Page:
Bifacial PV Systems: Page 4 of 5


Data from initial test beds and performance simulations—some of which are summarized later in this article—suggest many potential applications for bifacial PV systems. These include most conventional applications such as flat roofs and free fields, where installers deploy monofacial PV modules today, as well as niche applications such as building-integrated PV (BIPV) carports and awnings, where they typically deployed early bifacial modules. Back-side power collection also rewrites the rules that apply to traditional PV system design and performance, which could enable new markets and business models.

Sandia test results. Sandia National Laboratories recently published a report (see Resources) documenting the side-by-side test results for Prism Solar bifacial modules in comparison to reference monofacial modules. Sandia installed modules at the test bed in five orientations over two surfaces at its New Mexico Regional Test Center. Data collected over a 6-month period (between February 15 and August 15, 2016) indicated that the bifacial modules were outproducing the monofacial devices by anywhere from 18% to 136%, depending on the orientation and ground cover. Figure 3 provides the average daily power output curve for each test condition.

The report’s authors draw some interesting conclusions from these data. First, they note that bifacial gains vary throughout the day, depending on the angle of the sun or whether conditions are clear or cloudy. The impacts of sun angle are somewhat intuitive when you consider that the sun is closest to the horizon early in the morning and late in the afternoon, which not only decreases the available incident energy but also increases the amount of reflected light. As a result, the percentage of the instantaneous power output resulting from the bifacial contribution is highest at these times, and the bifacial gains are relatively lower at or around solar noon. The impacts of direct versus diffuse irradiance are similar. During cloudy conditions, the incident energy is relatively low, which increases the percentage of bifacial gain due to reflected light. Under sunny conditions, by comparison, the bifacial contribution is higher in absolute terms (back-side power) but lower in relative terms (percentage of bifacial gain).

The authors also note that bifacial modules are relatively insensitive to changes in array azimuth. As you rotate a bifacial array east or west of true south, the bifacial boost increases, effectively offsetting some of the losses that a monofacial array experiences in non-optimal orientations. As a result, “west-facing bifacial modules tilted at 15° produced a similar amount of energy as south-facing, 15°-tilted bifacial modules and surpassed the energy production of all of the monofacial orientations considered.” Not only did the west-facing, 15°-tilted bifacial array outperform the optimally oriented monofacial arrays, tilted at 15° and 30°, but also the west-facing, vertically oriented (90° tilt) bifacial array “outperformed monofacial modules at any orientation.”

Not surprisingly, the bifacial gains were also greatest in a west-facing, vertically oriented application, which creates an effective collection area for bifacial modules literally double that of monofacial modules. As a result, the bifacial power curve in this application has two peaks, one in the morning and one in the afternoon, whereas the equivalent monofacial power curve has one peak only. An east-west facing array is also effective at shifting solar power production later into the afternoon, when electric demand is often greatest. This configuration is likely well suited to take advantage of certain time-of-use rate structures and could provide additional value to utility operators. (The downside of an east-west vertical orientation is its high susceptibility to horizon shading losses.)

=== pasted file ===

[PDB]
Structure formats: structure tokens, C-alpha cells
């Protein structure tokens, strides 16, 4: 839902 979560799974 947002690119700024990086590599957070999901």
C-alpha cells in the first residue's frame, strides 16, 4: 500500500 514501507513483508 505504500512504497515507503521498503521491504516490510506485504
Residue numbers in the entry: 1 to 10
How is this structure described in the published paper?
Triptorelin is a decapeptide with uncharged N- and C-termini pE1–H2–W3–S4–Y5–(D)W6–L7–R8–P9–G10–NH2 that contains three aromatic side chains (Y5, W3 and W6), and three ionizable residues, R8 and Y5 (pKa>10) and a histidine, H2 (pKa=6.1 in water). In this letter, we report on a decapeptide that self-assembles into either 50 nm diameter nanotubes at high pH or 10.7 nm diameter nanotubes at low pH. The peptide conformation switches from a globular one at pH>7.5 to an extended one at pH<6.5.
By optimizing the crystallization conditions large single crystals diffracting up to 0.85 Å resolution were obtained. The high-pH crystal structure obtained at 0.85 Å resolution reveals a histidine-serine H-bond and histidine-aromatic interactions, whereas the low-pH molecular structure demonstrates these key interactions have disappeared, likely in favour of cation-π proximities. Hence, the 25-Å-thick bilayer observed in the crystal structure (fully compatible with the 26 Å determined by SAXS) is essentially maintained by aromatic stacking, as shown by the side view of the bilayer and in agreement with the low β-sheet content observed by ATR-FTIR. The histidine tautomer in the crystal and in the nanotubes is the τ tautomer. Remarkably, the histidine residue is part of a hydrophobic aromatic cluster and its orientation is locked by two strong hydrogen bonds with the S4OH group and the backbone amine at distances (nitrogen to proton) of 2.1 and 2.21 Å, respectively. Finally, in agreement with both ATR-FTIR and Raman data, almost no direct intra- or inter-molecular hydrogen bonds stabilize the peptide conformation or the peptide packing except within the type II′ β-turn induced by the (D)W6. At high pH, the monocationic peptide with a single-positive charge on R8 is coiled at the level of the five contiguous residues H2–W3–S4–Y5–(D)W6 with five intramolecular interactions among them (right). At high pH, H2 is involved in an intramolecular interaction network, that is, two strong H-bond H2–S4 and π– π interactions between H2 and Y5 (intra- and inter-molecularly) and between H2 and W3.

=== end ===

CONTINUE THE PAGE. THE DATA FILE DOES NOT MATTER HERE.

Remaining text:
On the one hand, bifacial PV arrays require specialized modules and mounting systems, as compared to conventional PV systems, which invariably increases up-front system costs. On the other, side-by-side field tests, such as those Sandia conducted, clearly reveal a bifacial energy boost. It is entirely possible, therefore, that bifacial PV systems could provide the best value, in terms of LCOE or return on investment, in certain applications. Making that case and taking it to investors, however, remains a barrier to widespread market adoption.

Macroeconomic conditions. In the short term, the low costs for conventional monofacial PV modules represent one of the biggest challenges to the commercialization of bifacial products. Module prices are at an all-time low, largely due to downward price pressure caused by global oversupply. As a result, many manufacturers are operating at low to negative operating margins, which hinders investment in new manufacturing tools and product lines.

The authors of the EPRI report note: “It is financially difficult to sustainably grow manufacturing capacity of existing products, let alone a more innovative concept such as bifacial PV modules. This issue is exacerbated by the more expensive manufacturing tooling and processes required to produce bifacial modules today. The high capital expense and low returns on cell and module production is a bottleneck for adoption by manufacturers.”

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